As we prepare to close out 2017, the mania over #FakeNews probably warrants a last hurrah before giving way to 2018’s hottest hashtags. Jason Salzman’s left-leaning media watchdog, The Big Media Blog, has released its “Colorado Fake News Awards 2017” as part of its campaign to call out those on the political right who use social media to share headlines that range from questionable to comical — as if they were gospel.

Salzman, a veteran antagonist of all things GOP, makes no secret of his partisan tilt and, fairly or otherwise, reserves his dubious distinctions for elected Republicans. State Sen. Ray Scott, of Grand Junction gets the “Crusader for a Fact-Free Colorado! Award”;  the “Who the F*** Cares about the Facts? Award” is bestowed on House Minority Leader Patrick Neville of Castle Rock, and so forth.

Salzman’s choice of offenders notwithstanding — and whether or not they actually realized at least some of their posts lacked veracity — a lot of the content itself is almost worthy of the tabloid rack at your local supermarket:

Scott refused to remove from his Facebook page a fake news item titled, “WikiLeaks CONFIRMS Hillary Sold Weapons to ISIS…Then Drops Another BOMBSHELL! Breaking News.” He also refused to delete a tweet with this ridiculous (and fake) quote from Ronald Reagan about Trump: “For the life of me, and I’ll never know how to explain it, when I met that young man, I felt like I was the one shaking hands with a president.”

Fake is in the eye of the beholder, of course, and some of the content Salzman skewers is arguably more selective than fake. Here’s his criticism of posts on illegal immigration by Colorado Springs Republican state Rep. Dave Williams (for whom illegal-immigration-bashing has indeed become a hobby horse):

… you’d think they were responsible for 83 percent of crimes committed on American soil if you only got your news from the Facebook timeline of state Rep. Dave Williams (R-Colo. Springs). … Williams’ vastly disproportionate focus on immigrant crime deceives his Facebook followers into believing that undocumented immigrants are dangerous, when in reality, they’re more likely to be law-abiding citizens, and may actually cause crime to decline in their communities.

Unrepresentative, maybe, but is it untrue? The specific crime stories Williams chooses to post may well be accurate.

Meanwhile, here’s another question: Does this kind of stuff really have the potential to sway anyone beyond the most marginal voters?

Or, is it no more detrimental to democracy than, say, news of space aliens abducting the Olsen twins?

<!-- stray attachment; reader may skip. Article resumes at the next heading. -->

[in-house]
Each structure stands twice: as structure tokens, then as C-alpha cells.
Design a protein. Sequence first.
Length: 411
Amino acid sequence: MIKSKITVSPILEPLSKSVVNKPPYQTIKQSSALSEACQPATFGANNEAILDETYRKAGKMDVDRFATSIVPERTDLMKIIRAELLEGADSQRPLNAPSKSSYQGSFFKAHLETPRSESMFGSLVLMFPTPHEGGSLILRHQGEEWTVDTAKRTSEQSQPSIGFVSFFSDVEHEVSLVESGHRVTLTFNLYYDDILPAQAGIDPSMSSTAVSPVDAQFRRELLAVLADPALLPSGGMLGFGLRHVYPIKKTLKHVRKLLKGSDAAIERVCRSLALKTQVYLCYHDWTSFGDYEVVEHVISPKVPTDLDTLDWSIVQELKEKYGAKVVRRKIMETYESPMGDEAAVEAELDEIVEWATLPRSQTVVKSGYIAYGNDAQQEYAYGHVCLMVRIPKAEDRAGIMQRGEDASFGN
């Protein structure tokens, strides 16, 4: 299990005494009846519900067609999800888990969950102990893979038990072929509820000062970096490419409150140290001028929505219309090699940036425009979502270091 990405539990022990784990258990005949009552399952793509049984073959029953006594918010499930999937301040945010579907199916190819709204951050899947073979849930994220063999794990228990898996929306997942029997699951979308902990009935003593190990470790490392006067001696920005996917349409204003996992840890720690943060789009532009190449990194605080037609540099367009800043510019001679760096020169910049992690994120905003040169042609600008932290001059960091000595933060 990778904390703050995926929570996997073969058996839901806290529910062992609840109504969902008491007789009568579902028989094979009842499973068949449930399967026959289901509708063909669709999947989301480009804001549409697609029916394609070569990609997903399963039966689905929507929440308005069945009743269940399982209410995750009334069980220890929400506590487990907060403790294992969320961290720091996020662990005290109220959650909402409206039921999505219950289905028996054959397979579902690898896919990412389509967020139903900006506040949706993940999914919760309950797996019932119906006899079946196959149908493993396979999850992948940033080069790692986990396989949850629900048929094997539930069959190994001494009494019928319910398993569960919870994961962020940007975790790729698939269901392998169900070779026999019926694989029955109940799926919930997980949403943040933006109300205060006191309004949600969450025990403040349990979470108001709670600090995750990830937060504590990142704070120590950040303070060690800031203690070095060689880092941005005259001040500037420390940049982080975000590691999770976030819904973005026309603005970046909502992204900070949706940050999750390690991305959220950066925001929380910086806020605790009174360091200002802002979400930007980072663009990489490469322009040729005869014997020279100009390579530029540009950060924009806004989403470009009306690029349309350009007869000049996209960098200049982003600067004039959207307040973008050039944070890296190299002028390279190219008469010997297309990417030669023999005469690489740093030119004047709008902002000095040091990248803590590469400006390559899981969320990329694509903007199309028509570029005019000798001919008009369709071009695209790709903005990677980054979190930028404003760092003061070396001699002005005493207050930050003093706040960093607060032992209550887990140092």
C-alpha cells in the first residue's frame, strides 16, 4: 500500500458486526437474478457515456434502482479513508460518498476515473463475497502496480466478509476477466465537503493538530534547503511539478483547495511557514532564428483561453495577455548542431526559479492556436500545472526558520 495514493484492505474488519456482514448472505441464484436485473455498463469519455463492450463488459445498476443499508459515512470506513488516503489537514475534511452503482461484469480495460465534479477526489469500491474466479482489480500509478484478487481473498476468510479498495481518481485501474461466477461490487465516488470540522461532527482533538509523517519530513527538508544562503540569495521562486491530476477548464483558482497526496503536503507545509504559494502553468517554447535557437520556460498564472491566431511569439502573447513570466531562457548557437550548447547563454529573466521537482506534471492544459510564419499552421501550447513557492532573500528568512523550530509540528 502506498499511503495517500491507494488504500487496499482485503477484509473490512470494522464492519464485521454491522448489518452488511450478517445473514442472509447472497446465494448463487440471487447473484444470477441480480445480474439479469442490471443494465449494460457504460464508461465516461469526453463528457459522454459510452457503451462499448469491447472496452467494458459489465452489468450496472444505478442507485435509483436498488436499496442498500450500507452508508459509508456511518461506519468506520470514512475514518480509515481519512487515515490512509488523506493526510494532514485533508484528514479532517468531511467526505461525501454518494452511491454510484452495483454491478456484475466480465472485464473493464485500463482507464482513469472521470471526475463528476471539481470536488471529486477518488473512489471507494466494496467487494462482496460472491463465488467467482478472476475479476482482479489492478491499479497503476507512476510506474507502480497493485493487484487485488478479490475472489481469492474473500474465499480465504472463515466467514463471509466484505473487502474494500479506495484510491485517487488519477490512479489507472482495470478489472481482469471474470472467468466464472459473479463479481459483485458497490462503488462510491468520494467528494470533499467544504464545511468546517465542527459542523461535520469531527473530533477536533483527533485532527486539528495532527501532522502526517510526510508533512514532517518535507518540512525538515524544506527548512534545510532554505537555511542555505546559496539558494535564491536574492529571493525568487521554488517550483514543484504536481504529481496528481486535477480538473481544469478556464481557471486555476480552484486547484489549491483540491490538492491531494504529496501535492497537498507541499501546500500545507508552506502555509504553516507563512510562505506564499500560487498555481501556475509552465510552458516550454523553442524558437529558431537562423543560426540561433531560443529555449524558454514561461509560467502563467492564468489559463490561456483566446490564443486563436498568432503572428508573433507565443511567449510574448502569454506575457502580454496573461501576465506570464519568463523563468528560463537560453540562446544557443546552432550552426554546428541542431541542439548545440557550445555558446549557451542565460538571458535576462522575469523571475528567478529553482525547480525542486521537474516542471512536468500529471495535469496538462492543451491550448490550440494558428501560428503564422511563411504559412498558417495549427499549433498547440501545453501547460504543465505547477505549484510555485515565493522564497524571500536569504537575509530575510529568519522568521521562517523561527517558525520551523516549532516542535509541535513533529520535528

Come to think of it, we haven’t heard from them in a while.


This one wasn’t fodder for The Big Media Blog’s “Colorado Fake News Awards 2017,” but it merits an honorable mention in our book. For the record, Hillary Clinton never met Osama bin Laden. As far as we know. (

Hal BidlackHal BidlackNovember 22, 20176min1972

Back in the mid 1990’s, I was sent by the Air Force Academy to the University of Michigan to pursue a Ph.D., after which I returned to the USAFA faculty to continue teaching. During that grad school stint, we chose to live in a small town about 45 minutes north of Ann Arbor. We enjoyed the small town atmosphere, including Fourth of July parades with lots of tractors and summer youth concerts in the town square. And thank you, kindly tax payers, for affording me that opportunity. It was great!


Adam McCoyAdam McCoyOctober 10, 20173min619

It played a significant role in our last presidential election, possibly swaying the result. It’s easily spread far and wide on social media platforms. It’s even often used by President Donald Trump to fire back at media outlets after negative press. It’s become a buzzword in our modern politics. Fake news.

And as National Public Radio noted in an article last December, fake news can have real-life consequences, like an incident at a Washington D.C. pizzeria, where a man wielding a rifle and claiming to be “self-investigating” an online conspiracy theory entered the shop and fired his weapon.

Experts argue media literacy is the answer to countering misleading content. Now, the Denver Public Library is joining the fight against fake news — offering classes to help students build the literacy skills required to consume media and cull out what’s fake.

Appropriately called How to Spot Fake News and offered through the library’s reference services, the course will arm students with tricks and tools for looking at websites, news articles “and their crazy uncle’s emails with a more critical eye.”

In designing the course, the library will use tools from the International Federation of Library Associations including an infographic, based on a article, with tips for spotting misleading news.

“Fake news and other misinformation spreads because people share it without realizing what it is,” the library said in a post on the City of Denver website. “That means the only way to stop it is to learn to spot it, so we can stop it in its tracks instead of helping it spread.”

The library is offering instruction in the classroom or at the Central Library and even the lesson plan to educators. Email Robin Filipczak for more information.


Ernest LuningErnest LuningJune 30, 20174min555

After news broke this week that three CNN reporters had been fired because of problems with a story about Donald Trump and Russia, former Republican Colorado Sen. Shawn Mitchell entertained the notion in a social media post that "the guillotines will be kept busy" taking care of "hack reporters and seditious leakers" if there's karmic justice in the world, though he later said he was just kidding.